Ryan: An advocate, yeah.
Elsie: You can get more done much faster when you’re not trying to do it perfectly.
Ryan: Exactly. That’s true. That’s totally true.
Emma: I think they sometimes can have a very clear sense of right and wrong in certain situations of who needs to be stood up for. And they will do it no matter the kind of cost to them or the cost to whatever, you know.
Ryan: Yeah. No that’s so true.
Emma: Because they just view that as this is what needs to be done. So I’m going to do it and it doesn’t matter to me if people disagree with me, you know. But they’re a challenger, so…
Ryan: Yeah. Oh absolutely. They’re unburdened by the stress of like being, you know, a problem for people, like…
Ryan: I’m like the exact opposite where like I am terrified that anything I’m doing is going to make someone else uncomfortable, which sometimes means I’m not very daring at anything, you know, I’m not really pushing the boundaries and I really admire that type eights are kind of unafraid in that way, but so. Yeah. So that’s the type eight. The type nine. The last type is the peacemaker. It’s known as the peacemaker. The it’s the need to avoid as I mentioned, I happen to be a type nine. And ironically, in writing all these songs, I started with the type one and kind of made my way all the way back to myself at the end of the project and realized that I was pretty much studying the entire Enneagram is like a typology of only eight types because I just completely ignored all of my own, my own stuff. And writing the nine song felt like this really weird, like I felt like I didn’t want to dishonor other folks that might identify as a type nine and kind of like cop-out and just write to write a song that didn’t really like hold the positives or negatives very honestly. So it forced me to like actually look through my baggage. And what’s funny and I don’t know if you guys have had this experience, but pretty much everybody I’ve talked to that has kind of done a little bit of research on the Enneagram recognizes like as soon as they find themselves, it’s really heartbreaking. It’s a really like kind of devastating thing. Nobody like nobody is like, yes, I’m a type whatever. Like, that’s just doesn’t happen. And if it is, it just means you’re being completely dishonest about, like, the really difficult baggage that you carry around. And so I felt like I never really had that. Like, when I would hear, I wouldn’t feel like being a type nine was like a compliment in any way. So I wasn’t excited to be a type nine. I just was very confident. Yeah, I’m a type nine and I get it. I don’t like conflict. I get it that I don’t. I avoid a lot of things I don’t want to deal with. And it felt like a little bit of shame. But I didn’t really feel, I didn’t have that moment of like, total heartbreak until writing the song and actually feeling like, oh, my gosh, like I’ve been kind of turned down or like the the vibrancy of who I was, especially as a kid. I know Emma mentioned that before, but like there is a point in my life where I feel like I really turned down like that volume knob. And I became less myself and more, I don’t know, separate from taking any risks is not the right word. But I just I would opt out relationally and emotionally in ways I was completely blind to until writing the song and actually like digging into what the type nine is. The problem with every Enneagram type is that these are just the ways that we’re trying to hide our baggage like these. These are like our coping mechanisms. And then the beauty of all of the anagram types is like it does eventually lead us to trying to let go of those different coping mechanisms and actually being who we are.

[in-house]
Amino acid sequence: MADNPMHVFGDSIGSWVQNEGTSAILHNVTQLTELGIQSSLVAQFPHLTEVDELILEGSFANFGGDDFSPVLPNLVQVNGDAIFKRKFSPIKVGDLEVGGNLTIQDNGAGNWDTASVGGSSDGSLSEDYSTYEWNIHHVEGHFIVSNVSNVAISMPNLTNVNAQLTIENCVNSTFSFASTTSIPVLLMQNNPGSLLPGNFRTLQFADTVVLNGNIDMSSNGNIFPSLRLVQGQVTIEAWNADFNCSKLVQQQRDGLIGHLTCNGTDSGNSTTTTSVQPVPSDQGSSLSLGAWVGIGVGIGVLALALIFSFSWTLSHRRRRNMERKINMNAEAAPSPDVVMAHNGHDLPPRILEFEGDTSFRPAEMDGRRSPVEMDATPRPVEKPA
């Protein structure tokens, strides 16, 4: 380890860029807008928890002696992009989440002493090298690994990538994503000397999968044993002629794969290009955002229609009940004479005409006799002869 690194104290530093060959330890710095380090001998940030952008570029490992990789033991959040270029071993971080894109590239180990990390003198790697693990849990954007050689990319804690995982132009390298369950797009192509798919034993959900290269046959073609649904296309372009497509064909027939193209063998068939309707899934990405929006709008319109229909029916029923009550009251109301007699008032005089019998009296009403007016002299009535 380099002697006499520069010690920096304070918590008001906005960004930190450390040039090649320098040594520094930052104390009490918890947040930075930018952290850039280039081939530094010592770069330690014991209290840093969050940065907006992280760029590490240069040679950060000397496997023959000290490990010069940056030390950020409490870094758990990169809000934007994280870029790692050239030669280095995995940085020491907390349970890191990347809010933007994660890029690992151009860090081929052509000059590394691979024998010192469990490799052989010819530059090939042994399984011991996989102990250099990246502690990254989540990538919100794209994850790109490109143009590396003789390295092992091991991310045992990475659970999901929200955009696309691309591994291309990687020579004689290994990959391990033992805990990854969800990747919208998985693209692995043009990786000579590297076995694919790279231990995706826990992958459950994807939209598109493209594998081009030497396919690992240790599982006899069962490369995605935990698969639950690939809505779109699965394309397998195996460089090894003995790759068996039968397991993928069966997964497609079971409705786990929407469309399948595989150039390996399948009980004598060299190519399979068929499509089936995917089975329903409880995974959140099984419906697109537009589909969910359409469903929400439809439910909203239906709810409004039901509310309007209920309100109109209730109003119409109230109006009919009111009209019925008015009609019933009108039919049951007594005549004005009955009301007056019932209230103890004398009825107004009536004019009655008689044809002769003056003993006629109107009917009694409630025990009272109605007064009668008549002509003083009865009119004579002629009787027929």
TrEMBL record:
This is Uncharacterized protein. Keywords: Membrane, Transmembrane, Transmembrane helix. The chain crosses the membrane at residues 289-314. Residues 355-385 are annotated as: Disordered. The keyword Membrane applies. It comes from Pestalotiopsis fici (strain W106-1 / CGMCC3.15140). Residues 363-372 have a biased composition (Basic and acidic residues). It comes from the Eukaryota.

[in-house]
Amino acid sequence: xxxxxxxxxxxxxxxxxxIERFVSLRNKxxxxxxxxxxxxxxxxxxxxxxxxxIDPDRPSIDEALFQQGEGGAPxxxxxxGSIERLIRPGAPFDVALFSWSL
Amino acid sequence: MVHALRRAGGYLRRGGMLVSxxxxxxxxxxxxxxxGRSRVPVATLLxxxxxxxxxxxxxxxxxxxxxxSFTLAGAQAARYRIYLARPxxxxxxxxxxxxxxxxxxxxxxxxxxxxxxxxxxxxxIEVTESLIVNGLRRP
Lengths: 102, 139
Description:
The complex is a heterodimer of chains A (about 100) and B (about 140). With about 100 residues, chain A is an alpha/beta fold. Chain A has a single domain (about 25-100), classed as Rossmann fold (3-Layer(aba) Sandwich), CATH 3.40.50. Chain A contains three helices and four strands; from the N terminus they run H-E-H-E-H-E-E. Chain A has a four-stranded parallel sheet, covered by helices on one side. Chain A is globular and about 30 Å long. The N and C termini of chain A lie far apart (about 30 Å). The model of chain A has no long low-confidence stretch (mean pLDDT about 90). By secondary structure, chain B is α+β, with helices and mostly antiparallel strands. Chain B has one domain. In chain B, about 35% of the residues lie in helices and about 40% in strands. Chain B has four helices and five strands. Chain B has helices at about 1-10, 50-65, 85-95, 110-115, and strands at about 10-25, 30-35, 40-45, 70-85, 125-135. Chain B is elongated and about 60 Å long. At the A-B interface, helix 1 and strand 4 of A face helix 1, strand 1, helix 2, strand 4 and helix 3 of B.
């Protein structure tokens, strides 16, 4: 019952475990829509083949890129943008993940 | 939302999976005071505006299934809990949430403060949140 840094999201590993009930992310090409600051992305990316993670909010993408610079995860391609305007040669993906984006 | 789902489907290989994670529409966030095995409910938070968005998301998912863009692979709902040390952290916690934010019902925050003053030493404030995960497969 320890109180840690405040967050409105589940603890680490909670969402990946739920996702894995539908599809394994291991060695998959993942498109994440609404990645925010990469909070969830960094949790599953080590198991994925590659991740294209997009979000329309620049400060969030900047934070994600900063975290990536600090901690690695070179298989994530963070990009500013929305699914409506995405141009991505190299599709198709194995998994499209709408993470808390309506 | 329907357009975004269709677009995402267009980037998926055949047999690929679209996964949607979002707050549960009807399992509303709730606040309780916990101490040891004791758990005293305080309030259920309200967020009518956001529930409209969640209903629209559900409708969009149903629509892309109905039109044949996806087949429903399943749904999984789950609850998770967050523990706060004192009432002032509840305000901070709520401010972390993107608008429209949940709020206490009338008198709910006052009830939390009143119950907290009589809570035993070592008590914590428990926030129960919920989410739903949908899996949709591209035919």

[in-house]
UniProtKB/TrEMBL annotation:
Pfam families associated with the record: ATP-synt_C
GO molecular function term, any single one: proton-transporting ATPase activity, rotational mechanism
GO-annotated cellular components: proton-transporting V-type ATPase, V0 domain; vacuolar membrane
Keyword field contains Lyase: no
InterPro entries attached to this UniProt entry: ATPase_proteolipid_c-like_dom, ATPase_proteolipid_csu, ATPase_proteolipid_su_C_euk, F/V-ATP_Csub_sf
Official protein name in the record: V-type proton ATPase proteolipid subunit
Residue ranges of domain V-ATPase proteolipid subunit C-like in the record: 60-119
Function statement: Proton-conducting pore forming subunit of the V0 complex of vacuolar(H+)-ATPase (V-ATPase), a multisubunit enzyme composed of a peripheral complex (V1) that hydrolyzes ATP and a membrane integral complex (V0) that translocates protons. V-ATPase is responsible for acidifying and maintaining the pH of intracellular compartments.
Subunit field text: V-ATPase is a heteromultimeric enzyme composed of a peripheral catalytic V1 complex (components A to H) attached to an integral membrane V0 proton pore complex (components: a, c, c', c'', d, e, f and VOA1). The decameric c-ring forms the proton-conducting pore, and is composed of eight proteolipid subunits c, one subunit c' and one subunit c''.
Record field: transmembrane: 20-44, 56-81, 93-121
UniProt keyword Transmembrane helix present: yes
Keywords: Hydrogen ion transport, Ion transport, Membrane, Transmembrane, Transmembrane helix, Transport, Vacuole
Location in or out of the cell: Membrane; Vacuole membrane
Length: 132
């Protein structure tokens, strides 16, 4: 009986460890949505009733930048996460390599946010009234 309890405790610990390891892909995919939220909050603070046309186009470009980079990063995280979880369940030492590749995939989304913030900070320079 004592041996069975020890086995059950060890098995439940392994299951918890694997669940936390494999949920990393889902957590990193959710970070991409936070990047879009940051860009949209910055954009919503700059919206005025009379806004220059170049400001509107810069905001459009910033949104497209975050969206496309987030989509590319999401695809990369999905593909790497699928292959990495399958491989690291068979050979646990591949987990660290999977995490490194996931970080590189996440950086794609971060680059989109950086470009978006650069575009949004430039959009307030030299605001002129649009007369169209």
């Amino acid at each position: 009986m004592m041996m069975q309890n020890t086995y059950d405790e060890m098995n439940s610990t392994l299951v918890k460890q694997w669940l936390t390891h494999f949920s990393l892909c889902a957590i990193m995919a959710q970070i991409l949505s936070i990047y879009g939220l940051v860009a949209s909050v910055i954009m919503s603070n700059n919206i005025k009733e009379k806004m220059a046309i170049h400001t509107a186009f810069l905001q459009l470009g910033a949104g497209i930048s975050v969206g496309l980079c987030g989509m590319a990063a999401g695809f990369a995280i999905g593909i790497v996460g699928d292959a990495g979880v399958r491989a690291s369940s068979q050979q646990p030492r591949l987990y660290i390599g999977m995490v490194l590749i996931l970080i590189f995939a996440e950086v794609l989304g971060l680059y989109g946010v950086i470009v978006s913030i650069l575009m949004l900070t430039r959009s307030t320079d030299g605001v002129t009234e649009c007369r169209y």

Emma: So I, I loved the nine song. I cried when heard it the first time.
Ryan: Oh thank you!
Emma: Because I felt very seen. I also as a fellow nine, you could have just made it just a nap. Someone sleeping. I would have seen myself for that too. (laughs)
Ryan: I played around with the idea of just ignoring it, if the need is to avoid it, just like, well, there’s eight songs, that’s fine. (laughs)
Emma: Yeah. (laughs)
Ryan: Why do we need a nine one? (laughs) But thank you for saying that. That means a lot. That song. Yeah. I think that the writing these songs was I think it was the most meaningful project to me personally because I feel like the only way I felt like I was able to actually, you know, have the nerve of writing from someone else’s perspective that’s not my own was to see a little bit of myself in each type. And I feel like that that made me, I think, recognize the beauty of each of the type. And so I feel like I see every relationship and every friendship a little differently than I did before writing the song. So that’s really inspiring.
Emma: I think it’s definitely a tool for empathy.
Ryan: I think it is. I think you’re…
Emma: …and seeing others and, you know, understanding.
Ryan: It is. And like any tool, it can be totally misused. And also, like is a really… It’s not the whole thing, but it’s a really helpful way of deeply caring about the people that you love and especially yourself, you know, to be able to, like, love yourself in a healthy way. That’s what I feel like is the gift of the Enneagram. Not that you can’t find that in all sorts of other ideas about personality or theories on who we are as people. But I just have found it to be a really, really beautiful tool. And like you said, it is a tool for empathy.